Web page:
Interacting with ingredient providers, feed companies and academic researchers, the F3 team identified that many alternative ingredient providers were unfamiliar with the information that feed companies needed when deciding to adopt a new ingredient. To assist in the timely development of quality data, the F3 team developed ingredient evaluation protocols presented as a workflow diagram that identifies eight types of experiments needed to fully evaluate an ingredient (green boxes in Fig. 1), This draft protocol is based on procedures of the U.S. Department of Agriculture’s Agricultural Research Service (USDA/ARS) and Glencross et al. (2007), and the contribution of the F3 team was to standardize this workflow, and present it pictorially.

Fig. 1: The draft of the FIN ingredient evaluation protocol.

Within each of the eight experiments, a panel of experts will develop protocols that detail recommended procedures and data presentation. The improved communication of standardized testing procedures is the first step in the process to streamline the information flow for new alternative ingredients. In the future, we will detail further efforts to improve and streamline data management and distribution.

This workflow may look complicated and onerous, but the steps are fairly straightforward from a research perspective. Many of the first steps are a basic part of any type of feed trial conducted in aquaculture (proximate analysis, ensuring feed is functional, palatable, digestible and leads to good growth). Often, the results of the separate steps of the protocol are conducted separately in multiple trials reported in different publications. The diagram (Fig. 1) was being developed over the same time period as when one of us (Tlusty) was conducting the study of “A transdisciplinary approach to the initial validation of a single-cell protein as an alternative protein source for use in aquafeeds.”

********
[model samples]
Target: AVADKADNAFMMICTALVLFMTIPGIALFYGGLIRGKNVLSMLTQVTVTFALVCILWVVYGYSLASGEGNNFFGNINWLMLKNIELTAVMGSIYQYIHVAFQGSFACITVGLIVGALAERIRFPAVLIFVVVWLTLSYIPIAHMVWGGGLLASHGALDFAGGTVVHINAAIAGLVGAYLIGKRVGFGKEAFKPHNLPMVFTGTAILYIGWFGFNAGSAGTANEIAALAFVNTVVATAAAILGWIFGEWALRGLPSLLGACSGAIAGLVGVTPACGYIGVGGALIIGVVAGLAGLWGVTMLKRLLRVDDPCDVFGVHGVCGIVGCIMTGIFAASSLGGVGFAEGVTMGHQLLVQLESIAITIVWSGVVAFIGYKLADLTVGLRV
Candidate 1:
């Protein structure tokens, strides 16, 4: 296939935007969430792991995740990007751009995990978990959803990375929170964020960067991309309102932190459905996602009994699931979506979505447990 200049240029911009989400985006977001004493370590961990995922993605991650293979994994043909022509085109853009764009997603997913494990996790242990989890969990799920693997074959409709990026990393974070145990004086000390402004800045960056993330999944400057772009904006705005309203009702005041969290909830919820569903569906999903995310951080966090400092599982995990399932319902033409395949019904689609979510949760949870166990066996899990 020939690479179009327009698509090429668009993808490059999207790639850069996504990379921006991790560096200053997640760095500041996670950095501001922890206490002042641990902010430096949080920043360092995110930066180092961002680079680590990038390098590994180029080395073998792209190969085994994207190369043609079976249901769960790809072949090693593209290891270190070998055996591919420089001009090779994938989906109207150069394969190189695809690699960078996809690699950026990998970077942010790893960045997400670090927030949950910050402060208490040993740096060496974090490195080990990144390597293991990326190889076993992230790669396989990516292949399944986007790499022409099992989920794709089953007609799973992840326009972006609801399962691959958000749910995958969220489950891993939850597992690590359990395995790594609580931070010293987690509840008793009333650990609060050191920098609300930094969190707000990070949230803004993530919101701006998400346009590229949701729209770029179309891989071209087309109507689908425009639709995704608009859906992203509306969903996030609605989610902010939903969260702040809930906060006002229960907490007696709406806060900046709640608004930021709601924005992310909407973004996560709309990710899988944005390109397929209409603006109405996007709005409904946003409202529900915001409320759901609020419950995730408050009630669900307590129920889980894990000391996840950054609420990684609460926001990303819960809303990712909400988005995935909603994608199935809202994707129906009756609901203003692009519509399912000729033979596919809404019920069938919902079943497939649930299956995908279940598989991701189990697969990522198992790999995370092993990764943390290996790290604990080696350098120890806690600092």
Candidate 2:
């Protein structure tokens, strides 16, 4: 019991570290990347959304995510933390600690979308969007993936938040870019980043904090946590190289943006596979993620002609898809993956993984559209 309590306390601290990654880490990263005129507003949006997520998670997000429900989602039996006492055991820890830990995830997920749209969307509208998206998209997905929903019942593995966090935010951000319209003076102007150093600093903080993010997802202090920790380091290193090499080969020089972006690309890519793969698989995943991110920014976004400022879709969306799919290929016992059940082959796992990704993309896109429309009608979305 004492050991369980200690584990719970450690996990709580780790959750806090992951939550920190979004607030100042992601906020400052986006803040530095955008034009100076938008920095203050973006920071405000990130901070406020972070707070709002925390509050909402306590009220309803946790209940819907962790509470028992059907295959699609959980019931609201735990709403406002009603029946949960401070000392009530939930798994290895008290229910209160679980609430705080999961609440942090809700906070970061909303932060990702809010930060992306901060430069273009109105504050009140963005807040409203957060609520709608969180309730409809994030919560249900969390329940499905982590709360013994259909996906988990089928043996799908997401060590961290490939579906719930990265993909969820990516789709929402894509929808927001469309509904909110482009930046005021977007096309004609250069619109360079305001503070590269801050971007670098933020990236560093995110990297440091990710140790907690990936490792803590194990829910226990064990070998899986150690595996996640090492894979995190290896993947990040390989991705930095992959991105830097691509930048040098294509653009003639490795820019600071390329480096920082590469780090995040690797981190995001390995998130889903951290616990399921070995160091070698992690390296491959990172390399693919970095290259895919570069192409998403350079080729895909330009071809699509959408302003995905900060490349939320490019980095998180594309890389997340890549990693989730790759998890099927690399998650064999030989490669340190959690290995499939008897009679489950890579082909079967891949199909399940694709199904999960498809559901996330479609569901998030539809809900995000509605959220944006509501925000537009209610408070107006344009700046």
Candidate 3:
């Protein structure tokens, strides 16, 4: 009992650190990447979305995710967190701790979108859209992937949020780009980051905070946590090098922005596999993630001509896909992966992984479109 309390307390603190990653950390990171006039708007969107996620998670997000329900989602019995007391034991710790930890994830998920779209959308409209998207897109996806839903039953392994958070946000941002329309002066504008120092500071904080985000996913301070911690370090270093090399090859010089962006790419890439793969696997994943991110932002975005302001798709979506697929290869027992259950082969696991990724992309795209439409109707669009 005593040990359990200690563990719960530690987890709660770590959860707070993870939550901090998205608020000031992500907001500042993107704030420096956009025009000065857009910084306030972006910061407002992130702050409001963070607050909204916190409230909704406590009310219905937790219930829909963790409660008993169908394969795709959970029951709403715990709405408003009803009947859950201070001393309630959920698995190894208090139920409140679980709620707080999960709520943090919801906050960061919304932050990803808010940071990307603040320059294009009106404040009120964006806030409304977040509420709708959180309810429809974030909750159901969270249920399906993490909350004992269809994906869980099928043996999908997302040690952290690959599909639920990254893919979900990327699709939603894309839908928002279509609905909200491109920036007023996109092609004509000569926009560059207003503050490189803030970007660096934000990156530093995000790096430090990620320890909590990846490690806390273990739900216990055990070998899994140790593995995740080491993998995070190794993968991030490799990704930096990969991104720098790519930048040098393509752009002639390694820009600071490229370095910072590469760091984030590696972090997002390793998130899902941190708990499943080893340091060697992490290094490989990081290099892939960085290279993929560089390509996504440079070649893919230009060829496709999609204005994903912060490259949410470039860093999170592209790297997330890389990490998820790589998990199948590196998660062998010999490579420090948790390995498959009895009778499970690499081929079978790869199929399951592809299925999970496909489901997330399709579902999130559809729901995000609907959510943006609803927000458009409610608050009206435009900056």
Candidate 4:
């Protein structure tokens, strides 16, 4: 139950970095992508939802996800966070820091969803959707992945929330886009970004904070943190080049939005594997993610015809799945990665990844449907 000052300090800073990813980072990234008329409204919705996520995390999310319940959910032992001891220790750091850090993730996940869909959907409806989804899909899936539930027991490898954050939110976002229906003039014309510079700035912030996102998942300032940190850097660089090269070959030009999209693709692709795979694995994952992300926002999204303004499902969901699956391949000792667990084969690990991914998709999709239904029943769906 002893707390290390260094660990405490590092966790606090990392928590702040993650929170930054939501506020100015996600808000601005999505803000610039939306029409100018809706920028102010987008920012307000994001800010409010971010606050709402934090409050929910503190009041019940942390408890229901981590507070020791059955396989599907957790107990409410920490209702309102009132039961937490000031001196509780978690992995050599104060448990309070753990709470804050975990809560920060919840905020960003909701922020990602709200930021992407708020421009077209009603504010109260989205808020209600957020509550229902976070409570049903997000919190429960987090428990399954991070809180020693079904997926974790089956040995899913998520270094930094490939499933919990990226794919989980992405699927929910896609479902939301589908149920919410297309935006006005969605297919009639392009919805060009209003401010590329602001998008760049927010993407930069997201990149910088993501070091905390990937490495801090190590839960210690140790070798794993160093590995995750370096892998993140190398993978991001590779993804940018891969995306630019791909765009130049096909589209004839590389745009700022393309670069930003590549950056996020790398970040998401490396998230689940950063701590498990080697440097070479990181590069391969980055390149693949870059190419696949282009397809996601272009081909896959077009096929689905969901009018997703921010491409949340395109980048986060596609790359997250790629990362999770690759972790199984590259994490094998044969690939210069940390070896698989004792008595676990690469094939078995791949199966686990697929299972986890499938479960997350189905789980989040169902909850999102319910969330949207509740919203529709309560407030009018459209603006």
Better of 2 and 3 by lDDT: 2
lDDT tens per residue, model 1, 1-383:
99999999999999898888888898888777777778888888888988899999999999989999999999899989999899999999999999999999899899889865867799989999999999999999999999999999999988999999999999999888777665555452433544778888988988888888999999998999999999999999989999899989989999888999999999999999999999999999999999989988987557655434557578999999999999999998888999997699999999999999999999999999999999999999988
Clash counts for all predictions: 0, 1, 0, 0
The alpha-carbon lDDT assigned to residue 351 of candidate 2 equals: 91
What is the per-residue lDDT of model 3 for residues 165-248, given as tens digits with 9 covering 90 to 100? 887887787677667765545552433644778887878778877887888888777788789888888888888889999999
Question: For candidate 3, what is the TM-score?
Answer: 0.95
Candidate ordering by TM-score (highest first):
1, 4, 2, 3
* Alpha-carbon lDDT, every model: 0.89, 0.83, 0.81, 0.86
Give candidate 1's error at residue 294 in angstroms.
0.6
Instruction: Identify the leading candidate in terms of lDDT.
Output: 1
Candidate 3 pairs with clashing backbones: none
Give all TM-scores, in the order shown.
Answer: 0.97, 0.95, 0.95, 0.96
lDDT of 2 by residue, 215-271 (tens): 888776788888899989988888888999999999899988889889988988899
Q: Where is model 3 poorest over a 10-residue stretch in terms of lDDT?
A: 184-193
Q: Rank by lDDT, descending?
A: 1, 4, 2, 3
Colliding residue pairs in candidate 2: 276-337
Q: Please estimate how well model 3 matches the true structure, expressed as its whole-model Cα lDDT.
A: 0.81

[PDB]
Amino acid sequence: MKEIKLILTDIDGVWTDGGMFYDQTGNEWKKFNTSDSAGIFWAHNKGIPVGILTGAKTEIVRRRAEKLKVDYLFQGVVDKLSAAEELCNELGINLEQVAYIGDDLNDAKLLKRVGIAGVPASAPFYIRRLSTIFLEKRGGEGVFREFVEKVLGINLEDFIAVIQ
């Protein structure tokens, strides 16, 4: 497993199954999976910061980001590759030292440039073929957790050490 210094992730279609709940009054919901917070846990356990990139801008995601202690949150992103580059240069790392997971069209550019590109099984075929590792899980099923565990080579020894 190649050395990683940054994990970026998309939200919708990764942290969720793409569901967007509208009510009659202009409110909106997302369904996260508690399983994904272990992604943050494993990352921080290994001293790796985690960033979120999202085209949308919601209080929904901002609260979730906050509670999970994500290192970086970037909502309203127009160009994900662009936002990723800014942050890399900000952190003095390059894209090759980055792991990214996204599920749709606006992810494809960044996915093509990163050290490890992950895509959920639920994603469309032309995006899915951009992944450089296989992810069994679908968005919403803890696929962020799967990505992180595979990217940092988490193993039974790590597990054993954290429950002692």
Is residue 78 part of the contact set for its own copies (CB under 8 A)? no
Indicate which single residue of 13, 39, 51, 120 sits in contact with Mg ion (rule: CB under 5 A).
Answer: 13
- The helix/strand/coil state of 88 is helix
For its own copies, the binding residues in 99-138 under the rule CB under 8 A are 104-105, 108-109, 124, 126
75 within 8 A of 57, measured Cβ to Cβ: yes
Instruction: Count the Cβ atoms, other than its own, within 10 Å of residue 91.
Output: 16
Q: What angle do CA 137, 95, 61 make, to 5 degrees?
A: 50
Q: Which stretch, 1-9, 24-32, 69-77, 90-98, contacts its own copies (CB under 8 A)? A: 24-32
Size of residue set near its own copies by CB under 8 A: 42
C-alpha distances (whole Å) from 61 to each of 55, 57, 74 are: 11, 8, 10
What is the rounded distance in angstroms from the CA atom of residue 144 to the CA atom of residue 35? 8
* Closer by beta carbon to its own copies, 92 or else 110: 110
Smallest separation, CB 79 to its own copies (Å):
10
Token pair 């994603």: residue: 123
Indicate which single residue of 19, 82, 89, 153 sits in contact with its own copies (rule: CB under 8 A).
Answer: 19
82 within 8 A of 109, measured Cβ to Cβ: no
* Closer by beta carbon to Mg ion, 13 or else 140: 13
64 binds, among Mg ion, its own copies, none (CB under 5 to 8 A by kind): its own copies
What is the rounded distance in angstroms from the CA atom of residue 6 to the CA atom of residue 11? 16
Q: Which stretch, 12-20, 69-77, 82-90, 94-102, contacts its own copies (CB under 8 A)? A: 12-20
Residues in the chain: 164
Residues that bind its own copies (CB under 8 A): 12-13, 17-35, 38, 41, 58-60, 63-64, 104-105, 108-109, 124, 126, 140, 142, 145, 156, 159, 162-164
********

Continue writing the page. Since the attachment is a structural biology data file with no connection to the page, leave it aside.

In a post-hoc overlay of our study with the FIN ingredient evaluation protocol, we completed nearly all of the evaluative steps in the tool. The only missing steps included a traditional histological analysis (we actually conducted a gut microbiome evaluation to ensure that we were not significantly altering normal function), a study of solid waste management and full-scale field trials. Moreover, we were able to conduct this work in an extremely cost-efficient manner at Roger Williams University by utilizing small tank grow-out of shrimp to examine final product quality (taste and texture). Students at the University of Massachusetts Boston provided assistance data analysis of the fish gut microbiome.

Aquaculture is poised to provide a growing global population with access to nutritious food. To overcome limitations, the industry needs to support innovation. Creating solutions for feed is a necessary step. The results and data of this work must be made available for adoption by feed manufacturers, which will help position aquaculture to meet the future demands. We encourage those creating novel feed solutions to use the ingredient evaluation protocol as means to standardize results and make innovative solutions more accessible to the aquaculture industry.

Acknowledgements: The work on the PeerJ paper was a team effort including L. Feinberg of KnipBio; Dr. A. Rhyne; J. Szczebak and B. Bourque of Roger Williams University; Dr. J. Bowen now with Northeastern University; and Dr. G. Burr of National Cold Water Marine Aquaculture Center, USDA/ARS. We would also like to thank the F3 team for its hard work on the ingredient evaluation workflow.